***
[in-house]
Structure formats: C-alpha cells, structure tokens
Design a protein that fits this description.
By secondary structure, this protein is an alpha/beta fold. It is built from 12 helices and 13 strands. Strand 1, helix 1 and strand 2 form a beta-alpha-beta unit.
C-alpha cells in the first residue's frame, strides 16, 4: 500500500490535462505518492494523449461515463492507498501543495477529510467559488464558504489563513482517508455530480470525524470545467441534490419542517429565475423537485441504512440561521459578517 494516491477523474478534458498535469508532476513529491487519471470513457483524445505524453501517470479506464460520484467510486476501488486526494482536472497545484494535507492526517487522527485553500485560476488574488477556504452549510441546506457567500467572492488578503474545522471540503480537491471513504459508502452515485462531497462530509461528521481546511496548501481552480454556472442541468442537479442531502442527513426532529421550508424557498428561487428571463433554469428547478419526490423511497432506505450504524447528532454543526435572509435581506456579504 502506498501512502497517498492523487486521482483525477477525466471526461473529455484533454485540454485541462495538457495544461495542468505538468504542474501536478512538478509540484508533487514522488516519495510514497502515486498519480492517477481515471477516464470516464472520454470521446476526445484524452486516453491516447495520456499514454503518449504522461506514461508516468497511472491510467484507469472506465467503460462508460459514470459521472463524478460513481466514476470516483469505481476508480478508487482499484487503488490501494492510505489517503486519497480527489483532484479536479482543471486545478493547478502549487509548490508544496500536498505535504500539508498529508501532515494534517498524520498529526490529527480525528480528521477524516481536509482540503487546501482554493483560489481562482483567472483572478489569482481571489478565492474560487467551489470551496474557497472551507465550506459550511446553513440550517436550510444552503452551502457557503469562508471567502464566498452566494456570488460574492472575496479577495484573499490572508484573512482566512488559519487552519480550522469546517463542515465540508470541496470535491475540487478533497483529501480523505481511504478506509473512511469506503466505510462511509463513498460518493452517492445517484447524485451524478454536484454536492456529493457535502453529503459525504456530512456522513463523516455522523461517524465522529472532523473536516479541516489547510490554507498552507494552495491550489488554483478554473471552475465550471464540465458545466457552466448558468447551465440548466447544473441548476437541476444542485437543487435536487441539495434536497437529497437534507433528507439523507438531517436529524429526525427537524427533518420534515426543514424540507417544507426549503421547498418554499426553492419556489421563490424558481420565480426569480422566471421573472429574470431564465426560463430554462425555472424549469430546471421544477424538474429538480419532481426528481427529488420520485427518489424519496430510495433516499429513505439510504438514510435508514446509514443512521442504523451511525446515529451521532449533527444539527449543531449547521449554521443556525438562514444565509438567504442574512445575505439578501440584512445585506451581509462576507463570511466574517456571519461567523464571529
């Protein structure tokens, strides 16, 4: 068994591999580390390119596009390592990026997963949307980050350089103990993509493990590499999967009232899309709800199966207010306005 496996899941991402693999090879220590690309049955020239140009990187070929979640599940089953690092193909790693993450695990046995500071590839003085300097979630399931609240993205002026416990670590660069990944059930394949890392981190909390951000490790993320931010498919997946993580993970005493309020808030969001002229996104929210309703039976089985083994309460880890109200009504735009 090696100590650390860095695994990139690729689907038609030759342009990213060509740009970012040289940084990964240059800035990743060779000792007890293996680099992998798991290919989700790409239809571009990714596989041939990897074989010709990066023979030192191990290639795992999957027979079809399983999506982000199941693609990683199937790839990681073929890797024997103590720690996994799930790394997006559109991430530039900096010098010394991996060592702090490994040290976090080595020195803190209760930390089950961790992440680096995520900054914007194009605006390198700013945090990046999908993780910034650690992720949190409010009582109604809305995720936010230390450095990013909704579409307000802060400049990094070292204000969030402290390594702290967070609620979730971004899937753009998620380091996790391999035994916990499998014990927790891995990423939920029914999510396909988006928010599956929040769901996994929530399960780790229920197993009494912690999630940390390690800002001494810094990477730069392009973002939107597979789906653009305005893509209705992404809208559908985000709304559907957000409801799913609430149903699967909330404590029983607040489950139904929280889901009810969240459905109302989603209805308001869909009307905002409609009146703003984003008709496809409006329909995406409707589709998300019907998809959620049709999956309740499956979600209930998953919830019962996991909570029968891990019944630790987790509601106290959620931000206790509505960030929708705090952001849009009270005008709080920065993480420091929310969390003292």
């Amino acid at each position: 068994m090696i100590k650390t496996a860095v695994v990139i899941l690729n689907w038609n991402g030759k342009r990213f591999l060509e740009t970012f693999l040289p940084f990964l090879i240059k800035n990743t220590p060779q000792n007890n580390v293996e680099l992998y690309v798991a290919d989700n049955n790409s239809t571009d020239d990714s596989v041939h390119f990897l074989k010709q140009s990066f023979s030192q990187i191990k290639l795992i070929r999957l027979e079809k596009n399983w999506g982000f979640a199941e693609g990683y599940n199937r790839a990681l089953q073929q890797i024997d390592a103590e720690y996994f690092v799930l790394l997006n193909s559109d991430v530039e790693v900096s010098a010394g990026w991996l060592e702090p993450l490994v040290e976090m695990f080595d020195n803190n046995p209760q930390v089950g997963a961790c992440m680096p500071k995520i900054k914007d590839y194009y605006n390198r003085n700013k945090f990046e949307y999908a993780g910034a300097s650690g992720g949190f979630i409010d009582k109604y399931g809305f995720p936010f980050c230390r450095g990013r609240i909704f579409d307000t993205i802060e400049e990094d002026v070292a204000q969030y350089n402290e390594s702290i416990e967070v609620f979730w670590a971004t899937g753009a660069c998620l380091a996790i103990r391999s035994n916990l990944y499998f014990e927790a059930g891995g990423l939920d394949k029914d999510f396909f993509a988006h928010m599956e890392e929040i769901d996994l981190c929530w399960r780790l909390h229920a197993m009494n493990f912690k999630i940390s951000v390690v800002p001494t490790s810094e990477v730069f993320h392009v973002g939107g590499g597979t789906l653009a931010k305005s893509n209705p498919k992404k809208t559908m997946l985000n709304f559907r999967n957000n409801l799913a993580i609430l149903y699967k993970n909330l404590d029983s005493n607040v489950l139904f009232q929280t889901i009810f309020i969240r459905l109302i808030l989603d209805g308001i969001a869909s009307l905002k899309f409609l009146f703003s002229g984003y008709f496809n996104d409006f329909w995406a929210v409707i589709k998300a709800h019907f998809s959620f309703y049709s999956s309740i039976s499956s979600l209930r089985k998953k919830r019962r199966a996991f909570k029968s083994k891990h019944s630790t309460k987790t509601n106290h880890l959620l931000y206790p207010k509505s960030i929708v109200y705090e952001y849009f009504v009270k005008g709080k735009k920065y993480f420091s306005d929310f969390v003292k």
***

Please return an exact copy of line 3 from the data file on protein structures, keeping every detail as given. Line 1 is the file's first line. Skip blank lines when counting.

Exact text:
Design a protein that fits this description.